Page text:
Mount Everest Deaths

The Grave Reality of Mount Everest Deaths

Mount Everest deaths are reality even though a lot of people would not like to think about it. Mt Everest is located on the border of Nepal and Tibet in the Himalayas and is a climbers dream. Thousands of climbing enthusiasts have attempted to reach the summit which stands an incredible 8,848 meters above sea level. Its allure is obvious to the trained climber. However, Mount Everest deaths prove its danger again and again.

The grave reality is that some 200 people still lie dead along the slopes of Mount Everest. Over the years statistically speaking 1 out of every 10 successful climbs has ended in death. The majority of Mount Everest deaths occurred while descending the mountain as opposed to on the climb to the summit.

A study was conducted from 1921 through 2006 to examine the mortality rate amongst climbers of Mount Everest. It was conducted by the British Medical Journal and gave these statistics: 8,030 climbers during this time frame, of which 212 died on the mountain. That is a staggering number of Mount Everest deaths!

Using those numbers they also determined that 56% died on their descent from the summit and 17% died after deciding to turn back prior to reaching the summit. The remaining 15% died on the way up or before leaving the summit.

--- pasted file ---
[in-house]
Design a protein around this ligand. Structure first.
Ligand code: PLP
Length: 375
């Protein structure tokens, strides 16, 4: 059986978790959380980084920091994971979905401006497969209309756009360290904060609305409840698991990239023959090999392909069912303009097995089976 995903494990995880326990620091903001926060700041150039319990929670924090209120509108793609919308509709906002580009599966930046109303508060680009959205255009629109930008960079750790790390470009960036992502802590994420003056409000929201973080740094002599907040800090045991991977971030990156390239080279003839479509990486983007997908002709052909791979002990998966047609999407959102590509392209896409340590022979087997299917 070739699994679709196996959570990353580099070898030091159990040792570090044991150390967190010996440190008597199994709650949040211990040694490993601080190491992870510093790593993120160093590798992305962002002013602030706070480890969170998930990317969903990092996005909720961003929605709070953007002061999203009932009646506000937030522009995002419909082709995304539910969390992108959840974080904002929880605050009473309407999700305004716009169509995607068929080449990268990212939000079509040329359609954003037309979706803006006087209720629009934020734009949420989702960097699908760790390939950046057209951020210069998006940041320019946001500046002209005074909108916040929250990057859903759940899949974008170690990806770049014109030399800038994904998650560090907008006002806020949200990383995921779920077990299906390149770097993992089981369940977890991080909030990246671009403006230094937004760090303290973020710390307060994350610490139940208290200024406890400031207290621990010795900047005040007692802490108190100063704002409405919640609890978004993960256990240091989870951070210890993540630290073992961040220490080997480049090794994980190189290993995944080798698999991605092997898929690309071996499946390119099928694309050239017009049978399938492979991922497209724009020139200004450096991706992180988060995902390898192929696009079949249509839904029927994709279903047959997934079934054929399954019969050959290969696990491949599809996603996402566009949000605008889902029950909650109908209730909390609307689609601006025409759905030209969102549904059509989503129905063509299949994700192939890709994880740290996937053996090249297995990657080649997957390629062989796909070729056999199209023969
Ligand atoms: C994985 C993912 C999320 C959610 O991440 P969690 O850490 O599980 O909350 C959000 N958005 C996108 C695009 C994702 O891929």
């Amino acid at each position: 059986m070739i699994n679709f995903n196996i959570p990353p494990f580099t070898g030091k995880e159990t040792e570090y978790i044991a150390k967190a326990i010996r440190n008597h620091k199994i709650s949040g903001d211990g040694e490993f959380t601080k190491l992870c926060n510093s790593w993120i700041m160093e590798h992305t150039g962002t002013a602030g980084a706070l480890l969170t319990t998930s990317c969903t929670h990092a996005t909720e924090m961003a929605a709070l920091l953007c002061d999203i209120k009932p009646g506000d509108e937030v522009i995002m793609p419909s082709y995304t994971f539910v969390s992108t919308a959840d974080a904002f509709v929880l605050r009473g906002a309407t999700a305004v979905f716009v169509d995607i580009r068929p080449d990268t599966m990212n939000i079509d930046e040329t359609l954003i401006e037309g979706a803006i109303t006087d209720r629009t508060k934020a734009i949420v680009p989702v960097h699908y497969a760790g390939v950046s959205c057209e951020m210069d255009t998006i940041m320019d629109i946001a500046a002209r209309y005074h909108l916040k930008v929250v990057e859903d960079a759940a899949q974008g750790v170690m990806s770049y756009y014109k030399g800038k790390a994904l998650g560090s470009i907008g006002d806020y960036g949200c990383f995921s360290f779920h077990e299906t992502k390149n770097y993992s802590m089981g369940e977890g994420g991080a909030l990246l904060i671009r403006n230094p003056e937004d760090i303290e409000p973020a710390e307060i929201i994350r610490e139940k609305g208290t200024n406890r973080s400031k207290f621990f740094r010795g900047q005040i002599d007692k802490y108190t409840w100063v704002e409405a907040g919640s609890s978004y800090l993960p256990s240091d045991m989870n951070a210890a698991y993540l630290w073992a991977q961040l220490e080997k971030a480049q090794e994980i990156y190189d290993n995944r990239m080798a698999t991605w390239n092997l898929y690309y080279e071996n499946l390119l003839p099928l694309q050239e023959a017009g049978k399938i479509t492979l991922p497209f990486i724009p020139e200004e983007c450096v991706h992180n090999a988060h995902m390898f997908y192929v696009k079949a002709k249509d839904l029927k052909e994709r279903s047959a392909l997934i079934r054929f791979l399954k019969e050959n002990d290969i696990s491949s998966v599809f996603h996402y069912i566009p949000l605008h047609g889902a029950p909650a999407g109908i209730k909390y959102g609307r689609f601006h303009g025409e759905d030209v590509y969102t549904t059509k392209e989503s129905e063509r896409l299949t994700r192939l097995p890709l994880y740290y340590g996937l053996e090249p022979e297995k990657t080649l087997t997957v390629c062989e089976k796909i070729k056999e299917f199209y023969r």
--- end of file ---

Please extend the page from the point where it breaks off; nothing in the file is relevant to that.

They attribute the fact that more people die on the way down, rather than on the way up to the amount energy exerted trying to reach the summit. The climbers are exhausted and their energy has been depleted.

Anything about 8,000 meters is called the “death zone” on Mount Everest due to the low oxygen levels. Most climbers use supplementary oxygen once past this point as the air is not able to support life for very long. These low oxygen levels wreak havoc on the human body and brain. They can cause a climber to breathe much faster, from a normal rate of 20-30 breaths per minute to a whopping 80-90 breath per minute. This can exhaust your energy extremely quickly just trying to breathe. The high altitudes can cause cerebral edema and pulmonary edema, which cause a build-up of fluid to the brain or lungs which can be fatal.

The sad reality of Mount Everest is that a large percentage of those that die on the mountain, remain on the mountain. The reasons include inclement and dangerous weather conditions and the simple reality that trying to carry even a small amount of additional weight threatens the life of the rescuers.

Mount Everest will remain a life-long goal for mountaineers world-wide. Sadly it will also remain the grave of those who tried and failed.

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